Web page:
Thanks to Russian interference, the United States failed in an effort to strike a blow against mothers’ milk at a United Nations conference this spring.
The New York Times reported on July 8 that the U.S. delegation to a World Health Assembly meeting tried unsuccessfully to water down a resolution supporting breast-feeding.
Our delegation was apparently concerned that if mothers fed their babies breast milk it would cut down on sales of good old-fashioned formula made from the finest chemicals in America. So, our representatives tried to strike resolution language urging governments to “protect, promote and support breast-feeding.” Them were obviously fightin’ words.
Just because a long string of U.S. Presidents has supported U.N. breast-feeding resolutions, does not mean that our country should not re-examine this issue, as we have almost every other health and foreign policy issue in the last few months. We may find that mom’s milk, and even apple pie, are no longer good for America. After all, if we now expect American agriculture to stand by while its industry is devastated by destructive trade wars, can’t we expect our infants to contribute to American superiority by consuming factory-made food?
There was some resistance to our move so we had to get tough. Ecuador was the culprit promoting the resolution in support of the milk of human kindness, so we had to put the kibosh on that little pipsqueak country. According to the Times, we told them that if they did not drop the resolution, the U.S. “would unleash punishing trade measures and withdraw crucial military aid.” Hey, if we can kick Canada’s fanny for our favorable trade surplus with that country, we can certainly beat up on a country whose location most Americans don’t even know. Ecuador dropped the resolution like a hot potato.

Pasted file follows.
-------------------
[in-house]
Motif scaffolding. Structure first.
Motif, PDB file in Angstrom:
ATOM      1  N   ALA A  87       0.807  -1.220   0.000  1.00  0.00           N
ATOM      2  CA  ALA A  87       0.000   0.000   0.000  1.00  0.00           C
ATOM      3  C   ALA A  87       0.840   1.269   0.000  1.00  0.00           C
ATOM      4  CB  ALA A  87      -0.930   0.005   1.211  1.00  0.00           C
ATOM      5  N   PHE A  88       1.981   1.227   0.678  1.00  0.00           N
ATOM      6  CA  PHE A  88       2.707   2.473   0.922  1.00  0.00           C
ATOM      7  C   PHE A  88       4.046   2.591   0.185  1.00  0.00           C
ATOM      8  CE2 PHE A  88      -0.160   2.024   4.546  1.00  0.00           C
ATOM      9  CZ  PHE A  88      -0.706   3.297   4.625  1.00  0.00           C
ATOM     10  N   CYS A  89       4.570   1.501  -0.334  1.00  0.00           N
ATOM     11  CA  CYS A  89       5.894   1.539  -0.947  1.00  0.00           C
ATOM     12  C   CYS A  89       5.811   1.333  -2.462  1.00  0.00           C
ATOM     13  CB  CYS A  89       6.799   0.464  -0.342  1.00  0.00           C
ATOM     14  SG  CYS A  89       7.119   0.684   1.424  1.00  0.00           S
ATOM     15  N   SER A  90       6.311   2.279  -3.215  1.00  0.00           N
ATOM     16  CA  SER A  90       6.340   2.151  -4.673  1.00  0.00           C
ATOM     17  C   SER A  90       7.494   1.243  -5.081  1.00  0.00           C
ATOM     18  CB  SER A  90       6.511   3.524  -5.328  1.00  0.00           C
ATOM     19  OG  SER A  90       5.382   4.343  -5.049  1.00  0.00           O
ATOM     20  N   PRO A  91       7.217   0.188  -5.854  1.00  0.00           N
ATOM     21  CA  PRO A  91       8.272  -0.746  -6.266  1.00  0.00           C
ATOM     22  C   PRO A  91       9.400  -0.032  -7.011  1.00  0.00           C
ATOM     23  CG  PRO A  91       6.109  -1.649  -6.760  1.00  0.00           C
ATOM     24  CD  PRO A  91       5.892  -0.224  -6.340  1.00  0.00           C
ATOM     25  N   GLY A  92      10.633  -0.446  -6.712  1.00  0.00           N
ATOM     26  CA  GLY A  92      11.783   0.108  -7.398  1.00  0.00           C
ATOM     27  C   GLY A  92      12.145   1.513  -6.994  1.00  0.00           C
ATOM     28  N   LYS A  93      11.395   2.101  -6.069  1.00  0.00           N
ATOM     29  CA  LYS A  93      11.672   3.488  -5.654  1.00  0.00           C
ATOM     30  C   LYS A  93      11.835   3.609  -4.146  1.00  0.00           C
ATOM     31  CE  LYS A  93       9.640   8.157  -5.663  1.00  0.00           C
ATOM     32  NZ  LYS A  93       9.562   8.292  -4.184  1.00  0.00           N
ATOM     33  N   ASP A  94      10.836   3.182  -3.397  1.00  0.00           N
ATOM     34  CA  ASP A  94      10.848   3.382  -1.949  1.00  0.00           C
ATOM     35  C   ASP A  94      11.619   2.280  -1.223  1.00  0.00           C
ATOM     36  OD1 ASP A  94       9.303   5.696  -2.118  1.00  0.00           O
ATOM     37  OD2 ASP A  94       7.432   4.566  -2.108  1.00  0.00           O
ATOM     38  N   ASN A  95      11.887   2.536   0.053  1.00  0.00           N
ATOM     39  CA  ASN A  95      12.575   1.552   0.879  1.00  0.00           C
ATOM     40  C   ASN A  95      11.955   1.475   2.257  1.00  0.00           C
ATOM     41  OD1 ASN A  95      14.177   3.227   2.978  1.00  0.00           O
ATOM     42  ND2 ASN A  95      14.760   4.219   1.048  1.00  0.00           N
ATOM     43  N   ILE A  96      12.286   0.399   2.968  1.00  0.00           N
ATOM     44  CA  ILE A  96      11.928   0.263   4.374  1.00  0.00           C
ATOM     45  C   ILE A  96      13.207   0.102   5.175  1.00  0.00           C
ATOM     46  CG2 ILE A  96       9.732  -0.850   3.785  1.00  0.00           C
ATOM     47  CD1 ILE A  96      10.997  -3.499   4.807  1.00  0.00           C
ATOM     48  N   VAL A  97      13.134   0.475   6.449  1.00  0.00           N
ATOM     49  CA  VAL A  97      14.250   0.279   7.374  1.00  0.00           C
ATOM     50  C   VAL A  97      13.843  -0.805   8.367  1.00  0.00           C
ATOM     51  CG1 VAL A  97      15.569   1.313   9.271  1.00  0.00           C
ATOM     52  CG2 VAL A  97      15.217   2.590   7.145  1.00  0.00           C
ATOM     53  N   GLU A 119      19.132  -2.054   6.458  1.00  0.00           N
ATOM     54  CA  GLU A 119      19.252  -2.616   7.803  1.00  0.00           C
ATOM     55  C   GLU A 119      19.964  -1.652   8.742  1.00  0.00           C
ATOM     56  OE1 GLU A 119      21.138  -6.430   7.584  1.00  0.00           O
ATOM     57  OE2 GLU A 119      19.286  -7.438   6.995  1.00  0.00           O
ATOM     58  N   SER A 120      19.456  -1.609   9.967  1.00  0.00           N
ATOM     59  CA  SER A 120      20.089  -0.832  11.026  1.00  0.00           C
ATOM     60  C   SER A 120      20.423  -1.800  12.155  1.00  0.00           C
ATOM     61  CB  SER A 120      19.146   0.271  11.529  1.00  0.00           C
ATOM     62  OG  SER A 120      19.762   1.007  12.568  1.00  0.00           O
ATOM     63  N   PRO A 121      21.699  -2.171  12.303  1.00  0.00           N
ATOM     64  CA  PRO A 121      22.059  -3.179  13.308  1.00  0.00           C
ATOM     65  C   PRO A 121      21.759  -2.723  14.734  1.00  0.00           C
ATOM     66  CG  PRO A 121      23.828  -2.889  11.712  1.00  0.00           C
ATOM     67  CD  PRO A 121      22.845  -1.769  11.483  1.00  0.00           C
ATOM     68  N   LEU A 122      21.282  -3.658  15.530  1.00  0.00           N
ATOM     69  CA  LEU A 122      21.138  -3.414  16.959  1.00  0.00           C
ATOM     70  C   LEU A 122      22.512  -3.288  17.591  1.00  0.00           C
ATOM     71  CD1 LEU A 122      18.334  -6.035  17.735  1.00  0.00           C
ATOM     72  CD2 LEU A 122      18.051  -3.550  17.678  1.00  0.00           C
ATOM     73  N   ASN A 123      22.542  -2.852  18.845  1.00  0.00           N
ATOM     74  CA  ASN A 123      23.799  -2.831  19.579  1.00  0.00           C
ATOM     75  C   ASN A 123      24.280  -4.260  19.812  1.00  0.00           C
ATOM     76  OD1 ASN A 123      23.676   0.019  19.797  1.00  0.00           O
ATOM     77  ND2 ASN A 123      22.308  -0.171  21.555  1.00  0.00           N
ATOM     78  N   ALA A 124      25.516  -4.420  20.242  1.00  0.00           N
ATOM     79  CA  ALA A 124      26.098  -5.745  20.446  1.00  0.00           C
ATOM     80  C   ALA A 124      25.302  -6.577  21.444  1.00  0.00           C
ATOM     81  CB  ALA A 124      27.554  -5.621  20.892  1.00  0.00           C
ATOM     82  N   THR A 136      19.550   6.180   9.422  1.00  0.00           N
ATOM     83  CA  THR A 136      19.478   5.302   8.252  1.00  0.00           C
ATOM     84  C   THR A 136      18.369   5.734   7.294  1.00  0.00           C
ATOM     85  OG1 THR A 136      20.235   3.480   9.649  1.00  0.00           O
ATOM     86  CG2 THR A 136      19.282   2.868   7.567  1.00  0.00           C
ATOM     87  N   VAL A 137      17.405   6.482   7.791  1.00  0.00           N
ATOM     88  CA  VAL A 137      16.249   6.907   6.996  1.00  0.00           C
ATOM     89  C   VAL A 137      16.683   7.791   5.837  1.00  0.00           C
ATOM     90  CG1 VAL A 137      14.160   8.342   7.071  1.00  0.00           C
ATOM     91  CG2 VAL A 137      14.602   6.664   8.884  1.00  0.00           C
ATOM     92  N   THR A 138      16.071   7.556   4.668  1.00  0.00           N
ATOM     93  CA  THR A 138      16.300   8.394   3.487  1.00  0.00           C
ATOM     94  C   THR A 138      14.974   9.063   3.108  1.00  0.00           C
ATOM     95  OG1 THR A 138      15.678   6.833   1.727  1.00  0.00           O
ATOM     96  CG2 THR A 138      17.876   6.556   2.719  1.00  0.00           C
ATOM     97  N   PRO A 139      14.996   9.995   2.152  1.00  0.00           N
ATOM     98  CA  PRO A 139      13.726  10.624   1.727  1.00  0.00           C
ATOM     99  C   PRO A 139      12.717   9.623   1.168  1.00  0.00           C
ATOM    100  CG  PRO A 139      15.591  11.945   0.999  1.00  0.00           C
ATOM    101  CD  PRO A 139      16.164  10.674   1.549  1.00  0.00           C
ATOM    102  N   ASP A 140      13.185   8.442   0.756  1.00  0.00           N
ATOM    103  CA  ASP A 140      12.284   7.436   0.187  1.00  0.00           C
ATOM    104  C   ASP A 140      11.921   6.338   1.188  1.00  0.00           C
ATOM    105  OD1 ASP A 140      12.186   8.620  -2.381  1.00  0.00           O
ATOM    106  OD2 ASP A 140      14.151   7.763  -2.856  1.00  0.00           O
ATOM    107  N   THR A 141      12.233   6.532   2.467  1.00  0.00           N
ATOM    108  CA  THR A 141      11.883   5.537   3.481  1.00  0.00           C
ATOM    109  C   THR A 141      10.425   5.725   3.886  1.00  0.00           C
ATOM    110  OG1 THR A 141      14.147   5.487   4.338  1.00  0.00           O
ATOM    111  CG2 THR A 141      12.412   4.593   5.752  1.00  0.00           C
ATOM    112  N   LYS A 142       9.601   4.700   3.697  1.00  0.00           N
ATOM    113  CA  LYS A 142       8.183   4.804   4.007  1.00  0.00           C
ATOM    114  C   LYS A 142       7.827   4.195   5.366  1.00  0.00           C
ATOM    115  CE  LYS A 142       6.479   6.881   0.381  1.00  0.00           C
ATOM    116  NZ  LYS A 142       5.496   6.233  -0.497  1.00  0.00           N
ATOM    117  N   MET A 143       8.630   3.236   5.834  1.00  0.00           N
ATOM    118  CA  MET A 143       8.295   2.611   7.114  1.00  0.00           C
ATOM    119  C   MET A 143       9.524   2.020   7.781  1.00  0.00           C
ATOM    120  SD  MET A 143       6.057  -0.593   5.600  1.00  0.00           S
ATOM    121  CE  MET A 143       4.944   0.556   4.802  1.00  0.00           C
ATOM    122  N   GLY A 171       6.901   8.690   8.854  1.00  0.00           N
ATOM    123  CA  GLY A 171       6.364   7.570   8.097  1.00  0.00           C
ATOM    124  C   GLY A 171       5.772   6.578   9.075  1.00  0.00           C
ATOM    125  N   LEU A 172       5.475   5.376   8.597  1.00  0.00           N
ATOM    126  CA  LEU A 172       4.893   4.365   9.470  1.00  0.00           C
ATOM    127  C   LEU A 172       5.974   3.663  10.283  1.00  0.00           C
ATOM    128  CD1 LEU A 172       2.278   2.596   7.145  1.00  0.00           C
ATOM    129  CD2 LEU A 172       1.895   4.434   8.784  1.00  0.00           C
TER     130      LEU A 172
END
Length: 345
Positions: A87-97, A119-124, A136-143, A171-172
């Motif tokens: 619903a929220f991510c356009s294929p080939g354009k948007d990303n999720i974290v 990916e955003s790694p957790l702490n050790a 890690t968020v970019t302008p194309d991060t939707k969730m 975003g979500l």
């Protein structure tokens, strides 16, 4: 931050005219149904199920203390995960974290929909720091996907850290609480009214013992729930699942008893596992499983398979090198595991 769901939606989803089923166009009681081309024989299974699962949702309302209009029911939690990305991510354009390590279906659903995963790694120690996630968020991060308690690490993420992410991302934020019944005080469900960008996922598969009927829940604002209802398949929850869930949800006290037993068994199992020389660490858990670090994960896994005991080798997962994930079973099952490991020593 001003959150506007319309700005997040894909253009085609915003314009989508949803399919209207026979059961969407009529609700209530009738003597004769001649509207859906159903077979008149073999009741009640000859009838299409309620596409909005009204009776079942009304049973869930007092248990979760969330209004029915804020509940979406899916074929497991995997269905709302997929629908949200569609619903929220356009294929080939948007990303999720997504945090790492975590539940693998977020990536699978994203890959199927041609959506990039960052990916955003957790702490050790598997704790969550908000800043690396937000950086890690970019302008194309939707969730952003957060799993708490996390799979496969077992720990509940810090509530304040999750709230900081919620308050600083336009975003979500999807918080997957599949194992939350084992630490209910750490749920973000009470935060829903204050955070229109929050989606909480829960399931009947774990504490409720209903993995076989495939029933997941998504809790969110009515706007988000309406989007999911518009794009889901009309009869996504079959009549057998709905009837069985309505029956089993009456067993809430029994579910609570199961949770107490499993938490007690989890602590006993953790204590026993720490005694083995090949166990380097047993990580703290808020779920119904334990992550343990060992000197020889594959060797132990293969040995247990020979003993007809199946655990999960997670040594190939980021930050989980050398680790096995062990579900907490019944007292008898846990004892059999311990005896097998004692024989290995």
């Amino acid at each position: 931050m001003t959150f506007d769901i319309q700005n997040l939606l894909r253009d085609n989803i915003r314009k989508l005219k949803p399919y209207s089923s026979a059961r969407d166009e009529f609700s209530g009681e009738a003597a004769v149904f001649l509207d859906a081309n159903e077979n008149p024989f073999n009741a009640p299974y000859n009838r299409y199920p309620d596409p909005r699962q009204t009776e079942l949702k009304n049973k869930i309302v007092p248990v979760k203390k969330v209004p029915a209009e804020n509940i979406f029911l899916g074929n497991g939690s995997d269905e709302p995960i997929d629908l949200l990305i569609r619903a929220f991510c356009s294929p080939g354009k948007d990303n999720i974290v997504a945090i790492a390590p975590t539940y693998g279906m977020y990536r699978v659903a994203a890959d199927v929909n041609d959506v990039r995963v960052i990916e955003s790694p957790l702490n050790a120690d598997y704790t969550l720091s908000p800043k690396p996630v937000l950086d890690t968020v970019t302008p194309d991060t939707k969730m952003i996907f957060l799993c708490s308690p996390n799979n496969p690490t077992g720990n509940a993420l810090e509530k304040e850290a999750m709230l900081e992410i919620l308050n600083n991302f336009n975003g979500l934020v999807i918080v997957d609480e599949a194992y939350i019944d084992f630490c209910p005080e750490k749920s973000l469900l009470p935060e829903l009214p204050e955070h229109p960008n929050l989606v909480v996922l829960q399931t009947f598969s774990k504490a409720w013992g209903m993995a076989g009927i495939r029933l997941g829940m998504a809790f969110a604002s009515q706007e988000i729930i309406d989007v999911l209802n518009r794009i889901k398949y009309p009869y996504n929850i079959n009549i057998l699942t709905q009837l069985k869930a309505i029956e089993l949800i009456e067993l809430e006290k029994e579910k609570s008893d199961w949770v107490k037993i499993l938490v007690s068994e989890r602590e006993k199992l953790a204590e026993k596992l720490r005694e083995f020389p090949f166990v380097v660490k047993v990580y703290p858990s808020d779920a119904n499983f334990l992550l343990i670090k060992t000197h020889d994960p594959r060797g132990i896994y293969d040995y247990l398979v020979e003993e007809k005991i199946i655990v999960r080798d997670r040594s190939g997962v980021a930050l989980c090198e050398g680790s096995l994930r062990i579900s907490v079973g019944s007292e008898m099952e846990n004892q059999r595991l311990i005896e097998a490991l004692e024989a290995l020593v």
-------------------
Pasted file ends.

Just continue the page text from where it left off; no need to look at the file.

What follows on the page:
About a dozen other nations, including some African sh__hole countries, were afraid to step forward to push the resolution for fear of retaliation. That shows we can bully these little dots on the map into submission.
Some of the delegates whined that mothers’ milk provides infants with nutrients essential for their development, as well as hormones and antibodies that protect them from infectious diseases. They pointed to a British study which concluded that universal breast-feeding would prevent 800,000 child deaths a year around the world. Mixing formula with contaminated water in under-developed countries can kill infants. Our representatives were not swayed. They knew that the $70 billion baby food industry brings in more dollars than any number of mothers, and that our drug makers are more than happy to take care of all those diseases.
When it looked like the resolution was in trouble, the supporters brought in the big gun, the kryptonite to our Superman—Vladimir Putin. The Russians stepped forward to sponsor the resolution, we grudgingly submitted, and it passed with overwhelming support. A Russian delegate was quoted as saying, “We’re not trying to be a hero here, but we feel that it is wrong when a big country tries to push around some very small countries, especially on an issue that is really important for the rest of the world.”
Well said, Ivan.
I hope Putin does not give our leader a tongue-lashing over this.